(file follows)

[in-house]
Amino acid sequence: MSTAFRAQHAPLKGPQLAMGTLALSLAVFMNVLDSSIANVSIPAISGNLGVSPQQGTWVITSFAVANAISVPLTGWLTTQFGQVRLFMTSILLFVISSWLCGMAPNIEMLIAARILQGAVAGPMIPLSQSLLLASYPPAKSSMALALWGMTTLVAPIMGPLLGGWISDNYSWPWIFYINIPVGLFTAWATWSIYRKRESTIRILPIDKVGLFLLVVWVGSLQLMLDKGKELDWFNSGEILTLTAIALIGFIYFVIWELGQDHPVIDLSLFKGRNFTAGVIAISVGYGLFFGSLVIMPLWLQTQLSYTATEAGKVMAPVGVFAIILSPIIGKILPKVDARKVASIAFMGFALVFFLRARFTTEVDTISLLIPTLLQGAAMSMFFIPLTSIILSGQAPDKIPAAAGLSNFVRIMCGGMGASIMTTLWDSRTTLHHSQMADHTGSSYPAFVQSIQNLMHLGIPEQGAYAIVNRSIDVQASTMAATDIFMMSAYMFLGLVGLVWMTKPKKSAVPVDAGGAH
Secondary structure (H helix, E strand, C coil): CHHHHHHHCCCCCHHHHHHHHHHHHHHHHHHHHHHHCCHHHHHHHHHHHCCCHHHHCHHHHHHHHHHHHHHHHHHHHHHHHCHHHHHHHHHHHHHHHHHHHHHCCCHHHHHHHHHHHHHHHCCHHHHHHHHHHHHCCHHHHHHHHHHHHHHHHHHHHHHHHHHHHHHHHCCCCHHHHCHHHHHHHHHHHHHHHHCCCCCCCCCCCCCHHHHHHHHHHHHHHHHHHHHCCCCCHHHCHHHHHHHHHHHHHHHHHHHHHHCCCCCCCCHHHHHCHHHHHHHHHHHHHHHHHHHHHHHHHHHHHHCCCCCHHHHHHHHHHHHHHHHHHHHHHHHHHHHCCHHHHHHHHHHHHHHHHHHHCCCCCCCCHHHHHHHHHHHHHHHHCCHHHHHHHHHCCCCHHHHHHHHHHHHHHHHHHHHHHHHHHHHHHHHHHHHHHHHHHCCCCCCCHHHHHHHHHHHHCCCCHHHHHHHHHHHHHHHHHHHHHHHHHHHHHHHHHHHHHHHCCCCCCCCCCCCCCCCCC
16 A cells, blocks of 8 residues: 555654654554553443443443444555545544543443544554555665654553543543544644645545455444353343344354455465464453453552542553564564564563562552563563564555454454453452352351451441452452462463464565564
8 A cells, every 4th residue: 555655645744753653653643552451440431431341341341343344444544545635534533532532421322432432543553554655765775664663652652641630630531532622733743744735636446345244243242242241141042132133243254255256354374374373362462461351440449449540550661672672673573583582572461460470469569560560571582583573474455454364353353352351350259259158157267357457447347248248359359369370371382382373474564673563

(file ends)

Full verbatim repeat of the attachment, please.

[in-house]
Amino acid sequence: MSTAFRAQHAPLKGPQLAMGTLALSLAVFMNVLDSSIANVSIPAISGNLGVSPQQGTWVITSFAVANAISVPLTGWLTTQFGQVRLFMTSILLFVISSWLCGMAPNIEMLIAARILQGAVAGPMIPLSQSLLLASYPPAKSSMALALWGMTTLVAPIMGPLLGGWISDNYSWPWIFYINIPVGLFTAWATWSIYRKRESTIRILPIDKVGLFLLVVWVGSLQLMLDKGKELDWFNSGEILTLTAIALIGFIYFVIWELGQDHPVIDLSLFKGRNFTAGVIAISVGYGLFFGSLVIMPLWLQTQLSYTATEAGKVMAPVGVFAIILSPIIGKILPKVDARKVASIAFMGFALVFFLRARFTTEVDTISLLIPTLLQGAAMSMFFIPLTSIILSGQAPDKIPAAAGLSNFVRIMCGGMGASIMTTLWDSRTTLHHSQMADHTGSSYPAFVQSIQNLMHLGIPEQGAYAIVNRSIDVQASTMAATDIFMMSAYMFLGLVGLVWMTKPKKSAVPVDAGGAH
Secondary structure (H helix, E strand, C coil): CHHHHHHHCCCCCHHHHHHHHHHHHHHHHHHHHHHHCCHHHHHHHHHHHCCCHHHHCHHHHHHHHHHHHHHHHHHHHHHHHCHHHHHHHHHHHHHHHHHHHHHCCCHHHHHHHHHHHHHHHCCHHHHHHHHHHHHCCHHHHHHHHHHHHHHHHHHHHHHHHHHHHHHHHCCCCHHHHCHHHHHHHHHHHHHHHHCCCCCCCCCCCCCHHHHHHHHHHHHHHHHHHHHCCCCCHHHCHHHHHHHHHHHHHHHHHHHHHHCCCCCCCCHHHHHCHHHHHHHHHHHHHHHHHHHHHHHHHHHHHHCCCCCHHHHHHHHHHHHHHHHHHHHHHHHHHHHCCHHHHHHHHHHHHHHHHHHHCCCCCCCCHHHHHHHHHHHHHHHHCCHHHHHHHHHCCCCHHHHHHHHHHHHHHHHHHHHHHHHHHHHHHHHHHHHHHHHHHCCCCCCCHHHHHHHHHHHHCCCCHHHHHHHHHHHHHHHHHHHHHHHHHHHHHHHHHHHHHHHCCCCCCCCCCCCCCCCCC
16 A cells, blocks of 8 residues: 555654654554553443443443444555545544543443544554555665654553543543544644645545455444353343344354455465464453453552542553564564564563562552563563564555454454453452352351451441452452462463464565564
8 A cells, every 4th residue: 555655645744753653653643552451440431431341341341343344444544545635534533532532421322432432543553554655765775664663652652641630630531532622733743744735636446345244243242242241141042132133243254255256354374374373362462461351440449449540550661672672673573583582572461460470469569560560571582583573474455454364353353352351350259259158157267357457447347248248359359369370371382382373474564673563